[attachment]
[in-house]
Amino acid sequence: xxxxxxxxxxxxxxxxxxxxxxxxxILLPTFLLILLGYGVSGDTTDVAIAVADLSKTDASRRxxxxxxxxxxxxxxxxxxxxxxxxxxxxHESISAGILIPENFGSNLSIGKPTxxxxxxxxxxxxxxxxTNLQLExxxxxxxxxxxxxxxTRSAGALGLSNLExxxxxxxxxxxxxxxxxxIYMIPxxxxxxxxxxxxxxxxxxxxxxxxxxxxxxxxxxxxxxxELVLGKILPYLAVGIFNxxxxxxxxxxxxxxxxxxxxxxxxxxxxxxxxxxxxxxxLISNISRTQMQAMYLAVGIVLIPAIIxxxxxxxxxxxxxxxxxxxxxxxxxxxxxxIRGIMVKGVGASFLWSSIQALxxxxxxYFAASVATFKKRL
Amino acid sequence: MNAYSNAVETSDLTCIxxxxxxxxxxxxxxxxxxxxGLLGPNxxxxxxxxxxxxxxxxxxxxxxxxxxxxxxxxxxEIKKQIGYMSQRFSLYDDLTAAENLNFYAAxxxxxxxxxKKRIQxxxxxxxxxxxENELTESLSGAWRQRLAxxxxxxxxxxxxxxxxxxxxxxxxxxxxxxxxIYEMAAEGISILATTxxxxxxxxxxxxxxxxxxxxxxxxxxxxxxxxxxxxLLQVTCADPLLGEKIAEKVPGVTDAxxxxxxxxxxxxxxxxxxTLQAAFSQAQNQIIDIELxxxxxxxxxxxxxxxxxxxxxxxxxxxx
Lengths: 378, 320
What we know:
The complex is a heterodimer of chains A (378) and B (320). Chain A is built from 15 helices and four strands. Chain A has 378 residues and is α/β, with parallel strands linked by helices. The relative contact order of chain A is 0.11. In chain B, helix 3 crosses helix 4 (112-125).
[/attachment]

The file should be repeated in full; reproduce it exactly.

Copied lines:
[in-house]
Amino acid sequence: xxxxxxxxxxxxxxxxxxxxxxxxxILLPTFLLILLGYGVSGDTTDVAIAVADLSKTDASRRxxxxxxxxxxxxxxxxxxxxxxxxxxxxHESISAGILIPENFGSNLSIGKPTxxxxxxxxxxxxxxxxTNLQLExxxxxxxxxxxxxxxTRSAGALGLSNLExxxxxxxxxxxxxxxxxxIYMIPxxxxxxxxxxxxxxxxxxxxxxxxxxxxxxxxxxxxxxxELVLGKILPYLAVGIFNxxxxxxxxxxxxxxxxxxxxxxxxxxxxxxxxxxxxxxxLISNISRTQMQAMYLAVGIVLIPAIIxxxxxxxxxxxxxxxxxxxxxxxxxxxxxxIRGIMVKGVGASFLWSSIQALxxxxxxYFAASVATFKKRL
Amino acid sequence: MNAYSNAVETSDLTCIxxxxxxxxxxxxxxxxxxxxGLLGPNxxxxxxxxxxxxxxxxxxxxxxxxxxxxxxxxxxEIKKQIGYMSQRFSLYDDLTAAENLNFYAAxxxxxxxxxKKRIQxxxxxxxxxxxENELTESLSGAWRQRLAxxxxxxxxxxxxxxxxxxxxxxxxxxxxxxxxIYEMAAEGISILATTxxxxxxxxxxxxxxxxxxxxxxxxxxxxxxxxxxxxLLQVTCADPLLGEKIAEKVPGVTDAxxxxxxxxxxxxxxxxxxTLQAAFSQAQNQIIDIELxxxxxxxxxxxxxxxxxxxxxxxxxxxx
Lengths: 378, 320
What we know:
The complex is a heterodimer of chains A (378) and B (320). Chain A is built from 15 helices and four strands. Chain A has 378 residues and is α/β, with parallel strands linked by helices. The relative contact order of chain A is 0.11. In chain B, helix 3 crosses helix 4 (112-125).